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18.1: Pre-Trigonometry

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    Trigonometry Problem
    Figure \(\PageIndex{1}\): The basic problem of trigonometry.

    The page at describes the basic problem of trigonometry (drawing above): finding the distance to some far-away point C, given the directions at which C appears from the two ends of a measured baseline AB. This problem becomes somewhat simpler if:

    1. The baseline is perpendicular to the line from its middle to the object, so that \(\Delta ABC\) is symmetric. We will denote its equal sides as \(AB=BC=r\).
    2. The length \(c\) of the baseline \(AB\) is much smaller than \(r\). This means that the angle \(\alpha\) between \(AC\) and \(BC\) is small; that angle is known as the parallax of \(C\), as viewed from \(AB\).
    3. We do not ask for great accuracy, but are satisfied with an approximate value of the distance --- say, within 1%.
    Trigonometry Problem 2
    Figure \(\PageIndex{2}\): A simplified version of the problem (not to scale).

    The method presented here was already used by the ancient Greeks more than 2000 years ago. They knew that the length of a circle of radius \(r\) was \(2\pi r\), where \(\pi\) (a modern notation, not one of the Greeks, even though \(\pi\) is part of their alphabet) stands for a number a little larger than 3; approximately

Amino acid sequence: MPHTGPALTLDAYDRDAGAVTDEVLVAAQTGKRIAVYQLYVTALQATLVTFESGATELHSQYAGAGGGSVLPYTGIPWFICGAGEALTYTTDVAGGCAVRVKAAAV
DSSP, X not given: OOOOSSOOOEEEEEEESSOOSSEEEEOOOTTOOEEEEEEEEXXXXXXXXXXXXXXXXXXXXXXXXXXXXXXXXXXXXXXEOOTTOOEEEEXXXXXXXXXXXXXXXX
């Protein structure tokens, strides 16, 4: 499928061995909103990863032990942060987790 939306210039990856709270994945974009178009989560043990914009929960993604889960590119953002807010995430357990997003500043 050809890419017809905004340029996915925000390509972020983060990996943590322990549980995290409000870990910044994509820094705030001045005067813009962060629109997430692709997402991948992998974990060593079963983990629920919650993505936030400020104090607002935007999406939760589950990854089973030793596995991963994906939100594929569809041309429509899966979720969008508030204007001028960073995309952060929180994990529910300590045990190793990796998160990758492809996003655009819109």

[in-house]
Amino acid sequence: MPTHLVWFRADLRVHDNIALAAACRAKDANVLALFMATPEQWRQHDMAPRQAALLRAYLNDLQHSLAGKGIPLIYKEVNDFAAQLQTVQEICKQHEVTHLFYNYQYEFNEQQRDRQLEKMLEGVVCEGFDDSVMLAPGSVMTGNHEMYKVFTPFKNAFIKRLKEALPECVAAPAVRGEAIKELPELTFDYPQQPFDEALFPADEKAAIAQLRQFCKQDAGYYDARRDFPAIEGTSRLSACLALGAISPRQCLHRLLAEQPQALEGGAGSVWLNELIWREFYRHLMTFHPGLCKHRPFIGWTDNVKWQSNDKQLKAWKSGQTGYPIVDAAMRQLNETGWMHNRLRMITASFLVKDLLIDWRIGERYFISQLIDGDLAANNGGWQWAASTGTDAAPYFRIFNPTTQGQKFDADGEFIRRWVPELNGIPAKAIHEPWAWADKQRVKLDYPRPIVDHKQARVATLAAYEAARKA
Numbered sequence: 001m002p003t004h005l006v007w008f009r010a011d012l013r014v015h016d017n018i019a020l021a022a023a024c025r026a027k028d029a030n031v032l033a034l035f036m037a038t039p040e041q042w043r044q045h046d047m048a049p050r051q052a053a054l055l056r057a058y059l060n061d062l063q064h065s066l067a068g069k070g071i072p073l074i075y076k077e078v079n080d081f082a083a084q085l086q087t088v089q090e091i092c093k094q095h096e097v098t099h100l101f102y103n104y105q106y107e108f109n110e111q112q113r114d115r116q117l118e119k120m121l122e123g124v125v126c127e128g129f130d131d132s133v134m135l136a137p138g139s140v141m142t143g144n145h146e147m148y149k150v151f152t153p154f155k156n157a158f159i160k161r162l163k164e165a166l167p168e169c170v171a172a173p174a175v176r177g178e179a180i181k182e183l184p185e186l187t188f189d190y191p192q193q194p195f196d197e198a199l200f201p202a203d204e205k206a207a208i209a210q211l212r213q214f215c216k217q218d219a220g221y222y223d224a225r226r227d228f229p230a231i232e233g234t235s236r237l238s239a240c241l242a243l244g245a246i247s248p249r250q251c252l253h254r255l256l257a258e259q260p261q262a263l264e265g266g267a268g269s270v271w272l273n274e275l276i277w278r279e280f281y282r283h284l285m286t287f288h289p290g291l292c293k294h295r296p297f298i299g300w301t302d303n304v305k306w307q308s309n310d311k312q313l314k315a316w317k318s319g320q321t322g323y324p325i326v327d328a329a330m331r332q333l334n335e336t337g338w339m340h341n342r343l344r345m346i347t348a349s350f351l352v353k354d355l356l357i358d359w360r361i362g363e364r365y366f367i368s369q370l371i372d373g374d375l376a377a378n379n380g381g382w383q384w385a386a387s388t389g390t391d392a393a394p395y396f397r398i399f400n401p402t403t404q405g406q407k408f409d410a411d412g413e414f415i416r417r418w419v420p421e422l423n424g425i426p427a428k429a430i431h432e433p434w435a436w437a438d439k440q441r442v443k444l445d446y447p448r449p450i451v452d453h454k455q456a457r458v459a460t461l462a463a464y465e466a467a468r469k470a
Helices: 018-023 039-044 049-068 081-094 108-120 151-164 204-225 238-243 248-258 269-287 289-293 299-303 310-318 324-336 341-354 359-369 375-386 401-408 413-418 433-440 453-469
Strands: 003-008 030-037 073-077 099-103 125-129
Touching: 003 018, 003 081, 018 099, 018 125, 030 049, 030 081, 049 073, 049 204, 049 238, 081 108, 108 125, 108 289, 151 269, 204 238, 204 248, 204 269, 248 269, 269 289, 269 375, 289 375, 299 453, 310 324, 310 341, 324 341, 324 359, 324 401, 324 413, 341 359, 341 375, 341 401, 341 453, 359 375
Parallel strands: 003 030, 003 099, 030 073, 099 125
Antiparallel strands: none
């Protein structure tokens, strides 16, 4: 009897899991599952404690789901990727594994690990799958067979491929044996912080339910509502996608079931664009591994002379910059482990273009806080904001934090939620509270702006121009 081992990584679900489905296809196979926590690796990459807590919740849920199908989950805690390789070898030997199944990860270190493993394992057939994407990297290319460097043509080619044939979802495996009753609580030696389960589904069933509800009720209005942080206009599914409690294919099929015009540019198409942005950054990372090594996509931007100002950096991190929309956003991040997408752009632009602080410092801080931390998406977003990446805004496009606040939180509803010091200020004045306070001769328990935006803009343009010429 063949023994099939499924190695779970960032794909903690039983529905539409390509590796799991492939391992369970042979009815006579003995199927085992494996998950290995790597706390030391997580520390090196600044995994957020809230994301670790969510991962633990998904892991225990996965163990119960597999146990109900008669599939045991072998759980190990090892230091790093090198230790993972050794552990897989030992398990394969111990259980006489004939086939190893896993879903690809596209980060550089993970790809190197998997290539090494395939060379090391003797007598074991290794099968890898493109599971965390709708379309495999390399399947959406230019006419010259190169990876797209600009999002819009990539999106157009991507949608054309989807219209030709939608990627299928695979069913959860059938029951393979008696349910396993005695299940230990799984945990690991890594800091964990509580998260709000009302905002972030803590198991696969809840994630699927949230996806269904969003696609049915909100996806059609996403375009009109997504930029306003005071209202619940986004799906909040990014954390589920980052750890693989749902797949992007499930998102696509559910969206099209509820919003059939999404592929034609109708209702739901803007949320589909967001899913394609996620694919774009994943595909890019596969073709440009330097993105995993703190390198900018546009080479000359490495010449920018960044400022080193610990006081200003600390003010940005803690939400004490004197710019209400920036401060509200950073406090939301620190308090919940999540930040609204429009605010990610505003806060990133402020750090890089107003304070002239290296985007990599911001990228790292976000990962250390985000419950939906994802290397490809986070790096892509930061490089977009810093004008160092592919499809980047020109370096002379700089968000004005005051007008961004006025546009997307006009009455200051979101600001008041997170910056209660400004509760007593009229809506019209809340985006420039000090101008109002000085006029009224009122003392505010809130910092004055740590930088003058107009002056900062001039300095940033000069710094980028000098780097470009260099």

The Greek mathematician Archimedes derived \(\pi\) to about 4-figure accuracy, though he expressed it differently, since decimal fractions appeared in Europe only some 1000 years later.

    In this case (see Figure above), we can approximate\(\Delta ABC\) as a ‘slice’ of a much bigger circle; in this case, the length of the baseline is approximately equal to the length of the corresponding arc:


    There are 360 degrees in a circle and\(\alpha\) degrees in this particular arc; since 360 degrees corresponds to one circumference of arc length (\(2\pi r\)), \(\alpha\) degrees will correspond to an arclength of

    \[c′\,=\,\frac{\alpha}{360^o}\times 2\pi r\]

    Solving for \(r\) and plugging in \(c\,\approx\,c′\), we find

    \[r\,=\,\frac{360^o}{2\pi\alpha}\times c\]

    We have solved for \(r\) in terms of \(c\). For instance, if we know that \(\alpha\approx 6^o\) (we'll see why this is relevant later), \(2\pi\alpha\,=\,36^o\) and we get:


    This page titled 18.1: Pre-Trigonometry is shared under a CK-12 license and was authored, remixed, and/or curated by CK-12 Foundation via source content that was edited to the style and standards of the LibreTexts platform; a detailed edit history is available upon request.

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